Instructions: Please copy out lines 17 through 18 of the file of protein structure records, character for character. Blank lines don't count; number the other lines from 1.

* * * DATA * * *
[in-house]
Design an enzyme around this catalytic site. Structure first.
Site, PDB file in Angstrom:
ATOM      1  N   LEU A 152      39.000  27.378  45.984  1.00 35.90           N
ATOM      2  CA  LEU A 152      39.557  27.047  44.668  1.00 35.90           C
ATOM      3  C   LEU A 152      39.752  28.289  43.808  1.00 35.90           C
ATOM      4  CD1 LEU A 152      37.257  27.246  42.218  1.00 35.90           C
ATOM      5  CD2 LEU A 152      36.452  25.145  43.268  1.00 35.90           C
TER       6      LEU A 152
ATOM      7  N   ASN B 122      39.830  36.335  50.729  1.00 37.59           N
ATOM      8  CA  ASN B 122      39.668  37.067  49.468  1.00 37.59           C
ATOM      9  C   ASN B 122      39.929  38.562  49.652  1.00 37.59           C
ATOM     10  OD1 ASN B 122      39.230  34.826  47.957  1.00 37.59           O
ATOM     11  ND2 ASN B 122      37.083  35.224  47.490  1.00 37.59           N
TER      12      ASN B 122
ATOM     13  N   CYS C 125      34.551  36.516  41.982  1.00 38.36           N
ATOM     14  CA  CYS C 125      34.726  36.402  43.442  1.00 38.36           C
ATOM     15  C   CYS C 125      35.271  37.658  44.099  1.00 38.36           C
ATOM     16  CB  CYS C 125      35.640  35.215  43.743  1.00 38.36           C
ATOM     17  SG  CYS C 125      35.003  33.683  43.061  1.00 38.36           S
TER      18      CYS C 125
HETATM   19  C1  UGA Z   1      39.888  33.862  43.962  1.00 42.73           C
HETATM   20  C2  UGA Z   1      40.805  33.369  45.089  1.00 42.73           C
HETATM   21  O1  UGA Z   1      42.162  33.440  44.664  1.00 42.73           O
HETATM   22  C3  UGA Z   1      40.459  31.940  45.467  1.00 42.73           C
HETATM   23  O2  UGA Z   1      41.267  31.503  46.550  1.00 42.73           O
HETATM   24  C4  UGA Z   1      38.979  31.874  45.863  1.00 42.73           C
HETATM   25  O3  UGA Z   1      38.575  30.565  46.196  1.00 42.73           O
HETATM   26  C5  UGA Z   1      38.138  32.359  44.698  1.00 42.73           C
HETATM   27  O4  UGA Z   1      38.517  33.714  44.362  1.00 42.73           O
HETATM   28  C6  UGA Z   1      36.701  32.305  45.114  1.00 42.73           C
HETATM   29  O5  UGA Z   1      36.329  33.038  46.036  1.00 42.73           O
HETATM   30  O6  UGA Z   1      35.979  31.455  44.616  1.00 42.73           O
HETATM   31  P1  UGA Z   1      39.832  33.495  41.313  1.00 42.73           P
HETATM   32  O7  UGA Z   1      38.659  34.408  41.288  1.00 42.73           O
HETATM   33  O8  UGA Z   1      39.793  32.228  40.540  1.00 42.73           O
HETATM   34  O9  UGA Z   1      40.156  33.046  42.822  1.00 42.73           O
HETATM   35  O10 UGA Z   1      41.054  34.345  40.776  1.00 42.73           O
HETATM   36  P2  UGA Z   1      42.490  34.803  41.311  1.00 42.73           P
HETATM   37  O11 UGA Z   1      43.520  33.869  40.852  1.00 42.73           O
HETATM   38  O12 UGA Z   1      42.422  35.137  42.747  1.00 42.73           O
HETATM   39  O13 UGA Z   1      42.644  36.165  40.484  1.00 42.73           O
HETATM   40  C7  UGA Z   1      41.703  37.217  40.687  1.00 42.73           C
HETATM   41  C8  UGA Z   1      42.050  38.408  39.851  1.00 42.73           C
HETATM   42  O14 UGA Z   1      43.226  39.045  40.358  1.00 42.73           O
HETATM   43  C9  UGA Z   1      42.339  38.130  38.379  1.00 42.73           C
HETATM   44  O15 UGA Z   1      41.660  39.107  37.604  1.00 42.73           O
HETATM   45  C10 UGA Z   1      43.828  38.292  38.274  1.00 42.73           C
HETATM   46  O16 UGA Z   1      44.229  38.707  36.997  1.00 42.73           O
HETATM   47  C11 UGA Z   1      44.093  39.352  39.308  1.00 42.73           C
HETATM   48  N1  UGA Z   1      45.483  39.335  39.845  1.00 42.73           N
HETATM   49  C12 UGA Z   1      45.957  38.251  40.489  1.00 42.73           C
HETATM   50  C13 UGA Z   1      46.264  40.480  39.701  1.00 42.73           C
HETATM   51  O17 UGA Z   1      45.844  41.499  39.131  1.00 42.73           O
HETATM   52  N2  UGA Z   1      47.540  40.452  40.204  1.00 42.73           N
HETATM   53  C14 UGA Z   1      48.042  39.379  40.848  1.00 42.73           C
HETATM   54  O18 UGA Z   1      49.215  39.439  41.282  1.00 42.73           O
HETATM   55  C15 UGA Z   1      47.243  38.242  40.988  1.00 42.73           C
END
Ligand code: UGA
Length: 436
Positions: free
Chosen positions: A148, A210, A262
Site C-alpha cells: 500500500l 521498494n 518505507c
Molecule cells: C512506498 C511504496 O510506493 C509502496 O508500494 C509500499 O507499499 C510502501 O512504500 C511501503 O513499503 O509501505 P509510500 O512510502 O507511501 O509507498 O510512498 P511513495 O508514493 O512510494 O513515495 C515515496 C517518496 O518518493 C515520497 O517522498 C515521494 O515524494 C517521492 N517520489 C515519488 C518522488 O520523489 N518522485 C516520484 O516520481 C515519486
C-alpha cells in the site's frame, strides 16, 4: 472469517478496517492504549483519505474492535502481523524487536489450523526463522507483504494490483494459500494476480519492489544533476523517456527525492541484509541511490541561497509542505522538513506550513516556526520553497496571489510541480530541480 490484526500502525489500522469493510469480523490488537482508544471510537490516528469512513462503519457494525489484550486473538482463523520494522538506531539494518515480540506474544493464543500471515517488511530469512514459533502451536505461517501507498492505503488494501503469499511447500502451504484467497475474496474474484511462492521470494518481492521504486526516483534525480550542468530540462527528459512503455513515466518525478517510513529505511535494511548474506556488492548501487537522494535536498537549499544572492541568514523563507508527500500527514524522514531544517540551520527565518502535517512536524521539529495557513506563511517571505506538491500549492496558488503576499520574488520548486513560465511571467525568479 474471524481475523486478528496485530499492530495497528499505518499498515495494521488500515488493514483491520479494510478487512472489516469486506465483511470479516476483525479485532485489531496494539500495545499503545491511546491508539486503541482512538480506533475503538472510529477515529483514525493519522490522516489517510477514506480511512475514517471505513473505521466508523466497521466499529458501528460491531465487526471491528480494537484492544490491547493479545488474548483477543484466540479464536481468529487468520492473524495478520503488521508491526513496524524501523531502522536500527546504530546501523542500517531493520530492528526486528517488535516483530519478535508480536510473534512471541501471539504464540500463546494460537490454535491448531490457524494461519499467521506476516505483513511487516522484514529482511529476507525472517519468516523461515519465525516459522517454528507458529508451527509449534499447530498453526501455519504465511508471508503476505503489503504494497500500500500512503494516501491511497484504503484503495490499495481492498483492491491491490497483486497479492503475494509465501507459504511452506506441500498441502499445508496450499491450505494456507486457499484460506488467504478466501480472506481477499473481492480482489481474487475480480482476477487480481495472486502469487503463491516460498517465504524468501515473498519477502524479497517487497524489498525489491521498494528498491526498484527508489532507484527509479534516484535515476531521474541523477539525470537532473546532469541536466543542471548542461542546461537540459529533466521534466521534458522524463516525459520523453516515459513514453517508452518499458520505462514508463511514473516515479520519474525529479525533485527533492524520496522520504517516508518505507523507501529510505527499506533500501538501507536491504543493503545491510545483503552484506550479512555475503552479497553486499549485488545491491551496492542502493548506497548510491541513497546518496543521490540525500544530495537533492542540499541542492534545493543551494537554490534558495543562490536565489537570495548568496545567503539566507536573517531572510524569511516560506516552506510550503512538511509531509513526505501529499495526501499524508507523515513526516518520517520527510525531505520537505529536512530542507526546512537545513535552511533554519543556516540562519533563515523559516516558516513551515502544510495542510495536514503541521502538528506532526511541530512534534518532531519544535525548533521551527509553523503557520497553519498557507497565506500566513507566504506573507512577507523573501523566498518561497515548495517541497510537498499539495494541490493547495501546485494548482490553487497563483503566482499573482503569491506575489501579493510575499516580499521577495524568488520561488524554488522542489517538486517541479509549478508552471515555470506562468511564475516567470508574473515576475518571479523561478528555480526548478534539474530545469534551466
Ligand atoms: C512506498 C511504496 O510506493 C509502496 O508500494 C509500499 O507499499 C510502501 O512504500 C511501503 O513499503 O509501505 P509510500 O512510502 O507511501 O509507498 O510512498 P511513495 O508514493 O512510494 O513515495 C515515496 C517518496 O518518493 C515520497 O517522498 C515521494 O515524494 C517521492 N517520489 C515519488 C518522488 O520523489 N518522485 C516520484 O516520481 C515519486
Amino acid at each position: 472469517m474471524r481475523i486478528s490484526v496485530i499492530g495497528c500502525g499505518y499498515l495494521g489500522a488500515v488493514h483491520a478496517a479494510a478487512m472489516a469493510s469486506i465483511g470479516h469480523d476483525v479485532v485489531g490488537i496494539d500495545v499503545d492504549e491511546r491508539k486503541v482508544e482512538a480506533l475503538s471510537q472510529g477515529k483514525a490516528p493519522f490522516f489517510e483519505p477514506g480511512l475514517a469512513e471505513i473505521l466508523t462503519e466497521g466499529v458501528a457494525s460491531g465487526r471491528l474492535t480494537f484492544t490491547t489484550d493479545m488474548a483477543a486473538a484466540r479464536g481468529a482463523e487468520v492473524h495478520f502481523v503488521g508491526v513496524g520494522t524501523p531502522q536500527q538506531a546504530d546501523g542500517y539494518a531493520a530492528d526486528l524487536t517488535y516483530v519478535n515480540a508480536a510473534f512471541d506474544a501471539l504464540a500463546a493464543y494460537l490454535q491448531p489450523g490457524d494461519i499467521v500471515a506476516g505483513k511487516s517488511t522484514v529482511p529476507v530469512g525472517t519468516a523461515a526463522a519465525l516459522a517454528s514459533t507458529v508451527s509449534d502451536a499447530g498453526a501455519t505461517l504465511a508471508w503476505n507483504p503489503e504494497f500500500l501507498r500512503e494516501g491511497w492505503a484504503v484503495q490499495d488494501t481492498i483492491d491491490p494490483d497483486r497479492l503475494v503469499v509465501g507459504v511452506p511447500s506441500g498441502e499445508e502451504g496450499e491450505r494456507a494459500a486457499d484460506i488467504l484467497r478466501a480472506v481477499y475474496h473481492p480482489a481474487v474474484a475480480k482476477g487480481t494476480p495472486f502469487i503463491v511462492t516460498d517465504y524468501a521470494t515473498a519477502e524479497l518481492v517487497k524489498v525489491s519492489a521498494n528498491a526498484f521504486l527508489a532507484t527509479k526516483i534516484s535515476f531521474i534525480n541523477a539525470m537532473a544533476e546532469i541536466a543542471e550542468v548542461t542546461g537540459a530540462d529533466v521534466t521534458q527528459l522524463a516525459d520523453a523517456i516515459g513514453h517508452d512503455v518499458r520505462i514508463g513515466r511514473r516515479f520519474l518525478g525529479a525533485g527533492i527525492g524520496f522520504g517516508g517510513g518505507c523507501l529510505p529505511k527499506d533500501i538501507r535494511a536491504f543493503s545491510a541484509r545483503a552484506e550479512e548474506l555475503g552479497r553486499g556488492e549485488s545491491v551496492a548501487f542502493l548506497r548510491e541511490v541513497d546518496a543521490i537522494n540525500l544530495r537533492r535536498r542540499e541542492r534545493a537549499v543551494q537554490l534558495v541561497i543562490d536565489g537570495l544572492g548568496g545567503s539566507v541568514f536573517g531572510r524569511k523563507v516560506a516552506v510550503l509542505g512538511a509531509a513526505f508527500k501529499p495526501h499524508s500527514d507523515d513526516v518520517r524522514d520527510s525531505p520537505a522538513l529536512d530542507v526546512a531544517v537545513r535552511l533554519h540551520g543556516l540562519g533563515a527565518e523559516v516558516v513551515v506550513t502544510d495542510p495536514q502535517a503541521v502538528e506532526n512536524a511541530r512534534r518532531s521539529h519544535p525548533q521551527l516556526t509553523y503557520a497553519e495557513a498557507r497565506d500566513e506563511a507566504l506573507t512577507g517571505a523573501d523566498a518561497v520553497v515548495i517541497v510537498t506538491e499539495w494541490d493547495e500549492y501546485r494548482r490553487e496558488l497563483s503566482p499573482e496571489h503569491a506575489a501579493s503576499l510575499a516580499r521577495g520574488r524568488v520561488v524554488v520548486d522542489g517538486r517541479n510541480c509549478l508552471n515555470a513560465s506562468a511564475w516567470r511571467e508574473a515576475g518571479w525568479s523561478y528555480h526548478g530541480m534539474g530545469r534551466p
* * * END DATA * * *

ATOM     14  CA  CYS C 125      34.726  36.402  43.442  1.00 38.36           C
ATOM     15  C   CYS C 125      35.271  37.658  44.099  1.00 38.36           C